When people think of Nashville, three things instantly come to mind: hot chicken, history, and music. Food, culture, and entertainment... more » are the common threads connecting this city and its people, so it's no surprise that much of what you will experience on a City Highlights tour of Nashville revolves around food, music, and tours of historical sites like The Hermitage, home of Andrew Jackson, the 7th U.S. president.
One dish not to be missed on a tour of Nashville is hot chicken. Unique to Nashville, this culinary tradition, made in cast-iron pans, includes big pieces of cayenne-coated fried chicken served with white bread and pickle slices. Prince's Hot Chicken Shack is a popular spot for this southern indulgence, serving the dish in four categories: mild, medium, hot, and extra hot.
Another mainstay on any trip to Nashville is listening to live music, which can be seen and heard every day and night of the week. The world-famous honky-tonks, located on Broadway, offer free live music 365 days a year. And with more than 130 music venues around town ranging from large arenas and concert halls to small intimate clubs, it’s easy to see why this is the city that “music calls home.”
Nashville is also a living history lesson. A must-see is The Hermitage where U.S. President Andrew Jackson lived in the 1800s. It is now a plantation and museum open to the public for tours. (The Hermitage is just 15 minutes from downtown Nashville, take Interstate 40 to exit 221.) Also worth seeing in Nashville is the Parthenon, the world’s only full-sized reproduction of the Greek Parthenon in Athens, Greece. Wonder why Nashville has this reproduction? Nashville is regarded as the leading center of higher education, appropriately known as the Athens of the South, with several world-class universities including Vanderbilt located there.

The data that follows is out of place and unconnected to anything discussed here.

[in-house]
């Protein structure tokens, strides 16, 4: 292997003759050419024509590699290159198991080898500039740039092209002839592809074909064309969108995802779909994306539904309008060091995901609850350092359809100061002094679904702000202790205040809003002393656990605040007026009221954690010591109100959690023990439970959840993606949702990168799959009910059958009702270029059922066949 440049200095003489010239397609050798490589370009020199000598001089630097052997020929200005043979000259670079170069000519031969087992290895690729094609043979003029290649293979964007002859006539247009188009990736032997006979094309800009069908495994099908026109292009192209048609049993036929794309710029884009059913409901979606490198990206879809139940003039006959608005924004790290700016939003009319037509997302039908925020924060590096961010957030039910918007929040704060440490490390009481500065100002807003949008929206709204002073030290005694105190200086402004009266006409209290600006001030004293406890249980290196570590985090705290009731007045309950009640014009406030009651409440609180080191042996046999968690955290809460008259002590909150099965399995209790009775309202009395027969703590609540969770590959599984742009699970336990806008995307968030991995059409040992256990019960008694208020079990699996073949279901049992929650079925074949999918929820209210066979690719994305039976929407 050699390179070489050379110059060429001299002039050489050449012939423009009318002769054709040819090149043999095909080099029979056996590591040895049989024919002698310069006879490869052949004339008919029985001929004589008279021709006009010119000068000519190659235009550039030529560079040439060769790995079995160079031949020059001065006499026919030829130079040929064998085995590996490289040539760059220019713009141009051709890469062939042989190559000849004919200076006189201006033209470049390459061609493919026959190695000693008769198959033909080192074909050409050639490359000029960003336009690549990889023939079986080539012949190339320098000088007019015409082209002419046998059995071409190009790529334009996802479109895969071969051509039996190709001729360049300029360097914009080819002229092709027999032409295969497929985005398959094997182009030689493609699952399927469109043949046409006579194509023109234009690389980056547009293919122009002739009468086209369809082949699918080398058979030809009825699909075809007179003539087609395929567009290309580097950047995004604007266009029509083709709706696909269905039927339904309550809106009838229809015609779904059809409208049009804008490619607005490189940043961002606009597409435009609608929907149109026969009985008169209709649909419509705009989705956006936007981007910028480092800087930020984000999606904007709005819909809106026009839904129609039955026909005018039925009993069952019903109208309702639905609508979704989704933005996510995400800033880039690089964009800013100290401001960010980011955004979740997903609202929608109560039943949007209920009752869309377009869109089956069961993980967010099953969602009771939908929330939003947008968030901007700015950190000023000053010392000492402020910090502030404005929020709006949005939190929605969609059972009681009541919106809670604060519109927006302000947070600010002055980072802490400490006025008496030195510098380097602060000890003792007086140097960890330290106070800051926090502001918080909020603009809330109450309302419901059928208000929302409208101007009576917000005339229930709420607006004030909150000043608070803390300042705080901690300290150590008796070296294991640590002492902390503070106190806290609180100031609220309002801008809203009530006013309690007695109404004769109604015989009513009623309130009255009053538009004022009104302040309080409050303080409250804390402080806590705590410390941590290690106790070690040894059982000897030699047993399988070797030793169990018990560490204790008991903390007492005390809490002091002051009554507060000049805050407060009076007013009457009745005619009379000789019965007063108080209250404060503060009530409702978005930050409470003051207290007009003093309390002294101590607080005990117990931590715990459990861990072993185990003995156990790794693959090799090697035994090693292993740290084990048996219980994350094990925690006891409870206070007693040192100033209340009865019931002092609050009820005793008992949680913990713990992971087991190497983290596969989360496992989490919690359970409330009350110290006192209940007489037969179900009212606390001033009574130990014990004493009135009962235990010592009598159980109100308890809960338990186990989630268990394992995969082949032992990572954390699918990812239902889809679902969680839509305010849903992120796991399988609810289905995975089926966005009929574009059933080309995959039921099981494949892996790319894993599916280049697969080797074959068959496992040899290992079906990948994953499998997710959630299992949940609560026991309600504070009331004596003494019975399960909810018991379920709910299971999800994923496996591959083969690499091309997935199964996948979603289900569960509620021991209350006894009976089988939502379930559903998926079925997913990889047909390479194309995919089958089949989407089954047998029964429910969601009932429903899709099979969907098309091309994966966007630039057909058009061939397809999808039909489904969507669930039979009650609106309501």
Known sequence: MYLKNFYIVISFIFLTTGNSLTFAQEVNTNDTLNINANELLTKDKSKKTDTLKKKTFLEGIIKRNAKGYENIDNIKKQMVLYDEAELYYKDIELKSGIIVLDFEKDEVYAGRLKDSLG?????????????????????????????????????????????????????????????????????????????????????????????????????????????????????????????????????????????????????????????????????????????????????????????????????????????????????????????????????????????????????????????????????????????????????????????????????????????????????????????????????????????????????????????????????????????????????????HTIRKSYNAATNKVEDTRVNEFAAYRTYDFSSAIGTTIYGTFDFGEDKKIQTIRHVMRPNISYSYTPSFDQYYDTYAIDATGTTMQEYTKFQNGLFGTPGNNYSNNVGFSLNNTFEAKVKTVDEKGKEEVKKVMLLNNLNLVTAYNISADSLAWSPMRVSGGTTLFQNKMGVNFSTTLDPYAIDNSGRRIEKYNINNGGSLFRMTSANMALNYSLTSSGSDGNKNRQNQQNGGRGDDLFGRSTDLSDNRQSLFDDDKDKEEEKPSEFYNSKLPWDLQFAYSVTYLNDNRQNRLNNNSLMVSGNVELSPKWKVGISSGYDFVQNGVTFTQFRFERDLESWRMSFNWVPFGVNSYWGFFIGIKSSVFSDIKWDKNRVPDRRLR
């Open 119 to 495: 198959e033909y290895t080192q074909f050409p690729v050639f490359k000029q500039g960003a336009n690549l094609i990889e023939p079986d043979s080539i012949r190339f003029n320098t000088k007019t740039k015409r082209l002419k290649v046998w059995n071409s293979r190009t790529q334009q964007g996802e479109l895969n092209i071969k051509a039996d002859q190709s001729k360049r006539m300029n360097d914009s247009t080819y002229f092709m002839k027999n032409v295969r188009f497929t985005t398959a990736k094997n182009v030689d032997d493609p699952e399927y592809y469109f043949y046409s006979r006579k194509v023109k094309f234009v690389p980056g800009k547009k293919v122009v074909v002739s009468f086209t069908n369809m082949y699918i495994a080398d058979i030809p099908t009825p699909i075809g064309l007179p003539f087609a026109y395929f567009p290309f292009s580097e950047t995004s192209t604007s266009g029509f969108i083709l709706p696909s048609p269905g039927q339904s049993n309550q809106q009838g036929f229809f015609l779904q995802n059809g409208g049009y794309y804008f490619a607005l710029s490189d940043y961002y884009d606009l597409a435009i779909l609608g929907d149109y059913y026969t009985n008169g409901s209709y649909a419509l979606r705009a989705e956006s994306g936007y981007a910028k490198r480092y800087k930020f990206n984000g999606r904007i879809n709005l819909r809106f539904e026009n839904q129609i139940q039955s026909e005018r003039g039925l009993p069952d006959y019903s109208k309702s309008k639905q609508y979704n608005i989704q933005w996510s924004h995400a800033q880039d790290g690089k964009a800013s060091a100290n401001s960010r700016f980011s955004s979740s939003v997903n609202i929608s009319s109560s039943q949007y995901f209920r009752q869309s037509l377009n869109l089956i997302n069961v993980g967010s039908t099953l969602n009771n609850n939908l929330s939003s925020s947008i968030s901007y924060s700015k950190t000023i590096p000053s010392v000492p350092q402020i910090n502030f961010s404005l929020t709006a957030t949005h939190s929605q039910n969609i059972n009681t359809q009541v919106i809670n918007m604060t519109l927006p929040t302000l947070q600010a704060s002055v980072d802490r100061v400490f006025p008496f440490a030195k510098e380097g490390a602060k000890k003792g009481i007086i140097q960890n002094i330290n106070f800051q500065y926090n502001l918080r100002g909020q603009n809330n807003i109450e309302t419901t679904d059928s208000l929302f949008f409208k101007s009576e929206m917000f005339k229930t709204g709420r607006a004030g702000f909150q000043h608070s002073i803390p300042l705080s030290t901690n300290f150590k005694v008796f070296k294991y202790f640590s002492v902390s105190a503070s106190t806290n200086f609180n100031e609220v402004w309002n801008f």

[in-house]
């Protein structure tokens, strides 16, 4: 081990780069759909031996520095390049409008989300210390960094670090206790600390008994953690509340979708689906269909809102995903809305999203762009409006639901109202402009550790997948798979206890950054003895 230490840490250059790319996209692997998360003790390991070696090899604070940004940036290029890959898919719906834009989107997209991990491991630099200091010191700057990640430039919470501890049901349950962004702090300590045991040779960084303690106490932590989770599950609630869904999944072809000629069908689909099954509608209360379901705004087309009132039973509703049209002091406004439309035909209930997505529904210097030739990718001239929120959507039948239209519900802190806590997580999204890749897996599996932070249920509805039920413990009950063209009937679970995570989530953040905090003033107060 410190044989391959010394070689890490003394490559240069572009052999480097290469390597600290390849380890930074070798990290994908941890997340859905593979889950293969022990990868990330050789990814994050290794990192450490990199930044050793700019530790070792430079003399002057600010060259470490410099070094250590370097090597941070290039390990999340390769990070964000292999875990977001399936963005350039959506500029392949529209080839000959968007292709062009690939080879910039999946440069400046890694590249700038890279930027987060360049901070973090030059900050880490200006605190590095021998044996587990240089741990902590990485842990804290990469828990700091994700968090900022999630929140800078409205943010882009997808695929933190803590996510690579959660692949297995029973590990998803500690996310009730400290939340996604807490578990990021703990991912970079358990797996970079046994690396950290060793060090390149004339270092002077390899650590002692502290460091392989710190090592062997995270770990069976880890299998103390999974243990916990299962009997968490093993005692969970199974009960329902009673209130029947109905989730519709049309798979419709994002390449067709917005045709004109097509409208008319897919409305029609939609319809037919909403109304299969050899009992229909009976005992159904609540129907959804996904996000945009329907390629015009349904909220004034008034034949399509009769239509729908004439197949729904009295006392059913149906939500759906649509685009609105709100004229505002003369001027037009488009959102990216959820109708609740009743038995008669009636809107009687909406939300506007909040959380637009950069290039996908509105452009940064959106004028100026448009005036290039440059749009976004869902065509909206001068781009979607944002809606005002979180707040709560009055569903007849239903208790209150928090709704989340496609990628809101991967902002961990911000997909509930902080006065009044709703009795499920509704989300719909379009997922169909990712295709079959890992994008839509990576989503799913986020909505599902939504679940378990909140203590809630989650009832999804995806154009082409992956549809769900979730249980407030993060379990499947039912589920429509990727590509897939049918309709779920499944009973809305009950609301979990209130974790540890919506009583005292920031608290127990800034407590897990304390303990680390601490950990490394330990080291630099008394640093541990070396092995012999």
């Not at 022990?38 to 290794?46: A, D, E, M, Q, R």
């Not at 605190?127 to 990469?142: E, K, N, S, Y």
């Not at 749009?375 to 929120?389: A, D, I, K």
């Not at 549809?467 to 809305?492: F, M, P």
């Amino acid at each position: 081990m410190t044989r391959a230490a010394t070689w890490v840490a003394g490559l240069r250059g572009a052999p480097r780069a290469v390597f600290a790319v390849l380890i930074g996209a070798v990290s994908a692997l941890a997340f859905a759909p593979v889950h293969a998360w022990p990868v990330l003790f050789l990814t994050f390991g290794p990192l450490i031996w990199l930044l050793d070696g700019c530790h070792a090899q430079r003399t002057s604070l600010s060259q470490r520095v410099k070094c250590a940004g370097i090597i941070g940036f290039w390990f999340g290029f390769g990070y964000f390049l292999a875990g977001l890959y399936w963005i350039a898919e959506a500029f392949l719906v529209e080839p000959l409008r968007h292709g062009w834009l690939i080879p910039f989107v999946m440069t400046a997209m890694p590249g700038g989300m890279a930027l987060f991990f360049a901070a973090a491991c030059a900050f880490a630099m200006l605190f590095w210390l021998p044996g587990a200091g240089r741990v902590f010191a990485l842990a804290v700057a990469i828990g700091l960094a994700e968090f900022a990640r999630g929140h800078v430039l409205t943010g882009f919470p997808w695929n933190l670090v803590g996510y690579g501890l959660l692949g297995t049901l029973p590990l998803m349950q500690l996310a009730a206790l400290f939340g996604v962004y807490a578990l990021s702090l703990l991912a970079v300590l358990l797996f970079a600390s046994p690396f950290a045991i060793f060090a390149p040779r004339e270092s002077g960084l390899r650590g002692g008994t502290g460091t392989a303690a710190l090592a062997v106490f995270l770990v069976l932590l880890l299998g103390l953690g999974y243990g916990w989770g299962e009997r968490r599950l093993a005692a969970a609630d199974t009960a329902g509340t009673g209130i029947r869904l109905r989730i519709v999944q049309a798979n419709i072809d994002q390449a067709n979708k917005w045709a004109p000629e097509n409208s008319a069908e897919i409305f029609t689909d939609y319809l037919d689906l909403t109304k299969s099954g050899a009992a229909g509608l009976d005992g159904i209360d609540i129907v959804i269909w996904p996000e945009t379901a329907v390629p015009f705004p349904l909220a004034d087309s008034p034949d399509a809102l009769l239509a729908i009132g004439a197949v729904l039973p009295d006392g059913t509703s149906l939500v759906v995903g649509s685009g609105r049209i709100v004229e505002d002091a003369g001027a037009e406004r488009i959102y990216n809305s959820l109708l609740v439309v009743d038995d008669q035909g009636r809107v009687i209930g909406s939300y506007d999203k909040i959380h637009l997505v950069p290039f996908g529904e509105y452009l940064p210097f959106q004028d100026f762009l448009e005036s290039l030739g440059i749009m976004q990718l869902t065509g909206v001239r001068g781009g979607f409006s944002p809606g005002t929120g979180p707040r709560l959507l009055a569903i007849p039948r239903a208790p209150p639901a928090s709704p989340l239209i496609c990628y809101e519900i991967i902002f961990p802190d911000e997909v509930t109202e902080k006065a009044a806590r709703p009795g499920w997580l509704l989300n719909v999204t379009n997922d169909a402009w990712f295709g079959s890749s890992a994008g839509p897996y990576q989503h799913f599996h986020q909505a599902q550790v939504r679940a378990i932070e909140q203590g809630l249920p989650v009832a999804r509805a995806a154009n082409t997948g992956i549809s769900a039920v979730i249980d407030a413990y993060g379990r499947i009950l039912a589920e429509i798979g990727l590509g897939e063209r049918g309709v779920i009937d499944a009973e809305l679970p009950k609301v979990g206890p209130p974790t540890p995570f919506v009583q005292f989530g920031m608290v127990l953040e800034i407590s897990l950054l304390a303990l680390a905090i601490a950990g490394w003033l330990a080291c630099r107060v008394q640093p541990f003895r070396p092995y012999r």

Tip: If you prefer a little nature during a tour of Nashville, check out Edwin and Percy Warner Parks with well-maintained trails that wind through a very hilly terrain. The two parks are adjacent to each other, separated by Old Hickory Boulevard, and are located approximately nine miles (14 km) from downtown Nashville. less «